Help-to-buy fintech Proportunity raises £2m, offers alternative to UK government
A UK-based fintech for first-time buyers Proportunity has raised a £2 million in seed investments for its home equity lending platform.
Investors included Anthemis, the fund behind eToro, and Axel Springer Digital Ventures, the early-stage venture arm of European digital publisher Axel Springer.
The startup says it’s the only help-to-buy challenger to date which has helped consumers actually own homes.
“Home ownership has become a major social divide between those who have benefited from capital growth and those who have not,” says Proportunity CEO Vadim Toader. “Our aim is to help open the door of home ownership that has been slammed in the face of a whole generation.”
The firm was authorised by the Financial Conduct Authority (FCA) last year, and provides first-time buyers with an equity loan of up to 15% of a property’s value. This means newcomers to the property market can put down a bigger deposit on a better-located property, and secure a more competitive mortgage with less interest charged by the mortgage lender.
Now with more than 5,000 users, the fintech wants to use the investment to improve its analytics and grow its network of real estate agency and mortgage broker partners, with a look to pilot its product in wider Europe.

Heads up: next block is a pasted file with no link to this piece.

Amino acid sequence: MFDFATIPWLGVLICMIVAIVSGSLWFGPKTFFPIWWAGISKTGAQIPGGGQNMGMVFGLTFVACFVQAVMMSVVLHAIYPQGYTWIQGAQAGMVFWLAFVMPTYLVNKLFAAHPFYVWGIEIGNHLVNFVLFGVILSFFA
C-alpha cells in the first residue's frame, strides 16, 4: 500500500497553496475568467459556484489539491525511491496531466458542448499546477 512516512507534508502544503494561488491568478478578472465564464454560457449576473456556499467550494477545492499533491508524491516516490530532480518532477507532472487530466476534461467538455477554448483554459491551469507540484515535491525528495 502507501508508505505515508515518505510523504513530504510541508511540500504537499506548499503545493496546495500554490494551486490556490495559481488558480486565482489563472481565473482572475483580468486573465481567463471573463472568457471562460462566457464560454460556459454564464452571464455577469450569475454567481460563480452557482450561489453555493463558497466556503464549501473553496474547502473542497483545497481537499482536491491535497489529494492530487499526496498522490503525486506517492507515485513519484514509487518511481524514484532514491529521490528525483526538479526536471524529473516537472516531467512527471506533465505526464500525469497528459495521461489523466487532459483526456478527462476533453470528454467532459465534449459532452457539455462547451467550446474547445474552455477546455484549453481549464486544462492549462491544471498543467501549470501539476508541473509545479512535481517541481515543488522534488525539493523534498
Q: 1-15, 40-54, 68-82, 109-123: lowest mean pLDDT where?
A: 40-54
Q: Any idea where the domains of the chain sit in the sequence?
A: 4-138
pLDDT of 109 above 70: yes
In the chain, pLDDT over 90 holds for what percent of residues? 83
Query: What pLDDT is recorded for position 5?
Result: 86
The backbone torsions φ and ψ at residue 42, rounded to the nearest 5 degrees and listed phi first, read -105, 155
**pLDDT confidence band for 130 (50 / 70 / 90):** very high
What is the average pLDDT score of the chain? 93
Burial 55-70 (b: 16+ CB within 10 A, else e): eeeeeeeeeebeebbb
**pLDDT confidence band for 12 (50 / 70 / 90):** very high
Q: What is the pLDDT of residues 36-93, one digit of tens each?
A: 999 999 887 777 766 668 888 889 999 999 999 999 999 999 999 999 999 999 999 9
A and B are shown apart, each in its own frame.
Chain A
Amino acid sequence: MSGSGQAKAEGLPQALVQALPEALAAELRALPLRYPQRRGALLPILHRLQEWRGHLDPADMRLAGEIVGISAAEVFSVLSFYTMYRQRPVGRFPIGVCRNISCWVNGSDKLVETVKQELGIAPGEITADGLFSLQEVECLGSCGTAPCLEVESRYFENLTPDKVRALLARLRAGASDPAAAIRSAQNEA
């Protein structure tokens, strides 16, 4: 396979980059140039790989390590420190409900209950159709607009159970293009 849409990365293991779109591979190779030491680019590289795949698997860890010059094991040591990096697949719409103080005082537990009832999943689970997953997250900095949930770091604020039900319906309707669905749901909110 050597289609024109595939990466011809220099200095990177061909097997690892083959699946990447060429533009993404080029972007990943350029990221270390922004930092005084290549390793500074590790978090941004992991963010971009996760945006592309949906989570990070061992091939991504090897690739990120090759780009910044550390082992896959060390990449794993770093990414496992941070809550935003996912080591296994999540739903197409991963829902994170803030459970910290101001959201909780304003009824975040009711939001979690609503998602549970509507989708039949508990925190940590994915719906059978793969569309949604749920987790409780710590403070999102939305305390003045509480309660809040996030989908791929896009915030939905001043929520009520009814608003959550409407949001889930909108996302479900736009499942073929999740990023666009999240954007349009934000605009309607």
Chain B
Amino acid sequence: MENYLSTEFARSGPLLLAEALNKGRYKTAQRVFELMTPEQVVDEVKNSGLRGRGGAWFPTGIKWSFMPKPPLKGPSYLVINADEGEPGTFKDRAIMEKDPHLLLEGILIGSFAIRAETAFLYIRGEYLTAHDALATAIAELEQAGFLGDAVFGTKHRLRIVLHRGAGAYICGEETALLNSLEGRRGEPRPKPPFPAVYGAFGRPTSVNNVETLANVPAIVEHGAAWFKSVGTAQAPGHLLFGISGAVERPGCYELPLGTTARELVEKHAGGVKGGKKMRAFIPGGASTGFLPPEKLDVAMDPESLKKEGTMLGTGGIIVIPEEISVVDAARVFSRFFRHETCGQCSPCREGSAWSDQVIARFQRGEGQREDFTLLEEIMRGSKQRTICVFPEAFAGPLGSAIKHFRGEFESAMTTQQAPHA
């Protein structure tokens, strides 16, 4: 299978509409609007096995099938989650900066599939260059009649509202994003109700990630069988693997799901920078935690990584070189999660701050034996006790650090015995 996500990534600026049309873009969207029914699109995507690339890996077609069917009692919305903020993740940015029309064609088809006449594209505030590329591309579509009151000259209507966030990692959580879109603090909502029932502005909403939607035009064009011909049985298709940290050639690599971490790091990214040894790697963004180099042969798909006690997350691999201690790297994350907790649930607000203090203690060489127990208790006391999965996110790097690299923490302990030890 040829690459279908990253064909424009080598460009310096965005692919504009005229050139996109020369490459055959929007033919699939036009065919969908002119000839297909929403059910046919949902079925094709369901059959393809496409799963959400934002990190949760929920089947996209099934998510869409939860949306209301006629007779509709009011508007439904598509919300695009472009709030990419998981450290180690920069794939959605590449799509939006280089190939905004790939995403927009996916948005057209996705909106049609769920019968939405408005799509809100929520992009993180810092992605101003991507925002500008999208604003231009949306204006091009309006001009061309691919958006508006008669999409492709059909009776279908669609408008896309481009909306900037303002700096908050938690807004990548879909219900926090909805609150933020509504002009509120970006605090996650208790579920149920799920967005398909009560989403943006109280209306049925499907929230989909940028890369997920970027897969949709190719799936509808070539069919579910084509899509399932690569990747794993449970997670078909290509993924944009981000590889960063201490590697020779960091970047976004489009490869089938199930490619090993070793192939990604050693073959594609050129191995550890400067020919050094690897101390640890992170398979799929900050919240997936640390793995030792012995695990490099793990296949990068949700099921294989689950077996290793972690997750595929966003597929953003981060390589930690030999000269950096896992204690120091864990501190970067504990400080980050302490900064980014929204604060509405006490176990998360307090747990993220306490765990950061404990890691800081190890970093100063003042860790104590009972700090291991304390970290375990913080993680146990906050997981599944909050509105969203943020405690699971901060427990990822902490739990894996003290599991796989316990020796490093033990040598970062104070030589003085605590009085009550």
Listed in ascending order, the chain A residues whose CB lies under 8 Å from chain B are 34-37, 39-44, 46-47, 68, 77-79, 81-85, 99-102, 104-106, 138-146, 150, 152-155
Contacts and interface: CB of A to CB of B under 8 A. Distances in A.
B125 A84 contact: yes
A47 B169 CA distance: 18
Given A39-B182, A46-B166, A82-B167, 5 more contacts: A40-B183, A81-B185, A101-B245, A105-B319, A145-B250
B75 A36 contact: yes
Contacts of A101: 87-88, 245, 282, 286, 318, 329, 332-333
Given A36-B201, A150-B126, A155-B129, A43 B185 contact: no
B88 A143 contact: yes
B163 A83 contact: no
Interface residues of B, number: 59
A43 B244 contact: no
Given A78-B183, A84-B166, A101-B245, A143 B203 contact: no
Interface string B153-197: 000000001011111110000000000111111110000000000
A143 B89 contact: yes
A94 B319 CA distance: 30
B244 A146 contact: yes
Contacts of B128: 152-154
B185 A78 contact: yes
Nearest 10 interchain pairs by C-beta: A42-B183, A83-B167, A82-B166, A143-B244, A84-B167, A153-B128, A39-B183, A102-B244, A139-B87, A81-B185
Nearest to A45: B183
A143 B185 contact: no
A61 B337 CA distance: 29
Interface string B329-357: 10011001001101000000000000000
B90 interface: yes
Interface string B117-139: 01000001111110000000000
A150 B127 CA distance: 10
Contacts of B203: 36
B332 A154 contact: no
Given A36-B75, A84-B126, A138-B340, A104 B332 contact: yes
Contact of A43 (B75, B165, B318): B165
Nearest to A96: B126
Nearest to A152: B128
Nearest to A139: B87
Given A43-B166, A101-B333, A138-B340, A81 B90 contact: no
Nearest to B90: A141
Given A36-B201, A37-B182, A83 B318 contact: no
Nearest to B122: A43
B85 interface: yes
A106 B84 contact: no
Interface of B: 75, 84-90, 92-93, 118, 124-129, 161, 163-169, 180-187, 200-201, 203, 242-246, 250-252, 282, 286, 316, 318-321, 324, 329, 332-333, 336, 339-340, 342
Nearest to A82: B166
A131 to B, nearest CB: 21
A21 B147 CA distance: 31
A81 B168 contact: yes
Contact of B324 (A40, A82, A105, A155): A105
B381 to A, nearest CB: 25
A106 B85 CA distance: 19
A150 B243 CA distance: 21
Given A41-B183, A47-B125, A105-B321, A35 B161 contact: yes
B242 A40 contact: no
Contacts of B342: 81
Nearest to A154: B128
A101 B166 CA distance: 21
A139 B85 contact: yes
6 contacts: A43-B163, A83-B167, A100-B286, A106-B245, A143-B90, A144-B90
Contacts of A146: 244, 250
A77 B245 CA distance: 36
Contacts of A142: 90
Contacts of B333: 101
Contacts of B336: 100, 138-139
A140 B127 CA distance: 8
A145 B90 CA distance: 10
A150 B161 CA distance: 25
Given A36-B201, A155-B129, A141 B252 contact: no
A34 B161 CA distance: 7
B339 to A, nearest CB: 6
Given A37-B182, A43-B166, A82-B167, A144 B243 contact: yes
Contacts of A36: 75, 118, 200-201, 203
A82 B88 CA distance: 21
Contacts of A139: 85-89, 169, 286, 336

Similar to the government’s help-to-buy scheme, which is due to end in 2023, Proportunity makes up the remaining 15% of a 20% deposit, so buyers with just 5% of a deposit can afford homes worth up to £150,000 more than what they could initially afford.
The fintech is open to all home-buyers, but its target market is first-time buyers. The AI-driven platform can also help those not savvy to the market locate cheaper properties in up-and-coming areas, as well as giving buyers data on crime rates in the area, school rankings, broadband speeds and pollution.
In contrast to the state-funded Help-to-Buy ISA, which began in 2013, Proportunity does not just support new-build houses. This loyalty to new-builds has seen the government drive up profits of house-builders like Persimmon, who have tripled their profit on each house sold under the scheme.
The government subsidy scheme has also led to significant house price inflation. According to a report by Shelter in 2015 – just two years into the scheme – Help-to-Buy had already inflated the value of the average home by £8,250.
The team behind Proportunity includes former-Booking.com engineer Stefan Boronea, who is now the fintech’s co-founder and CTO, alongside ex-Bain & Company consultant Vadim Toader. Neither of them knew anything about the property market, but now the fintech says half its team has bought homes through Proportunity.